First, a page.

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jdms

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Everything posted by jdms

  1. That was what I thought until I said so in this thread. The next post, though, pointed out that the British Pathé film of the Wheatstone factory (which I did watch, but I didn't notice this bit) showed how it was needed for the routing machine that made the reed slots.
  2. The Button Box lists a Wheatstone Mayfair on its Instruments In Stock page--I believe that, like the Stagi, it has accordion reeds mounted in reed blocks and, I'd expect, better bellows (others no doubt could tell you much more about Mayfairs than I can). Joshua
  3. It's worth having a look at the Button Box's Instruments In Stock page. It looks like they have a 30-button C/G Stagi; they also have Rochelles new and used, which I have heard are better instruments at a much lower price. Not having tried either for more than a brief tune, I can offer no opinion on the accuracy of that comparison.
  4. However,I should like to know if Jeff normally plays his duet while sitting up a tree? Is this an obligatory form of practice? I think he's trying to branch out! Sometimes, we all have a desire to be leafed alone. I've just twigged, you're all barking. The root of the issue is that I need to get trunk more often. Well, ya wood, woodn't ya! It all depends on where your playing stems from!! Chris Is anyone else getting board with this? I wonder how long before someone calls the copse on yew. Too much silo vision lurching in the background! Nope, sorry ... you totally lost me on that one, Don't understand that phrase at all. I think he meant the larch. The Larch. THE. LARCH. Number one...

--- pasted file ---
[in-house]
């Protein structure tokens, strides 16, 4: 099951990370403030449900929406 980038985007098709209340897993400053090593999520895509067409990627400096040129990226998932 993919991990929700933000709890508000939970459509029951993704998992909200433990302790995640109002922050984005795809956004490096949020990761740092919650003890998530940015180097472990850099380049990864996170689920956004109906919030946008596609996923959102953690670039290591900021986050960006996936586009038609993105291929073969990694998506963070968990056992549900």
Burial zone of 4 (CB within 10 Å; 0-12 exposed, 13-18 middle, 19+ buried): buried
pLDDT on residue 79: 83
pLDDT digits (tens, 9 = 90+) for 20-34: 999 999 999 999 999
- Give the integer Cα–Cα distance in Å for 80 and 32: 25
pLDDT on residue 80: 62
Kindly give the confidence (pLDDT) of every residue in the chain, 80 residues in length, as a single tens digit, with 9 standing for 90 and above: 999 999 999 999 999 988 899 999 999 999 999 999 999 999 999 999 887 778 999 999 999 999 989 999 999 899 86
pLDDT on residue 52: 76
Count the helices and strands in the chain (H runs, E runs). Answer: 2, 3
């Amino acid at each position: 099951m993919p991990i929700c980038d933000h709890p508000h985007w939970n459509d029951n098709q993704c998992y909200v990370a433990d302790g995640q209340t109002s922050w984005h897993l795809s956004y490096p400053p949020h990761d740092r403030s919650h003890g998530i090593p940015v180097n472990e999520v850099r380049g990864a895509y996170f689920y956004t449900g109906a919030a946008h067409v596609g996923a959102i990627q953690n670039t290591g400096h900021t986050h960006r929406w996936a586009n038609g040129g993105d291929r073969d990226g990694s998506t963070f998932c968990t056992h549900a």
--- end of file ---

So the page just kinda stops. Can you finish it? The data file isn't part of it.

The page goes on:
5. This is about accordions, not concertinas (and the accordions aren't melodeons), but it's definitely interesting.
  6. Theo, on inspection of the images on the nice big monitor they give me at work, I believe that serial number is 2448.
  7. However,I should like to know if Jeff normally plays his duet while sitting up a tree? Is this an obligatory form of practice? I think he's trying to branch out! Sometimes, we all have a desire to be leafed alone. I've just twigged, you're all barking. The root of the issue is that I need to get trunk more often. Well, ya wood, woodn't ya! It all depends on where your playing stems from!! Chris Is anyone else getting board with this?
  8. At the Harvest Ale in western Massachusetts, October 2010...
  9. ...which indeed it is. VJJB has a "Ceili Band" concertina, which I don't recall running across before but which may be a Chinese-made, German-pattern 20-button instrument. I tried googling "ceili band concertina" to confirm my hunch, but unsurprisingly those terms return lots of pages for ceilidh bands...
  10. I 'd imagine Jodrell Bank would have about the highest speed connection available...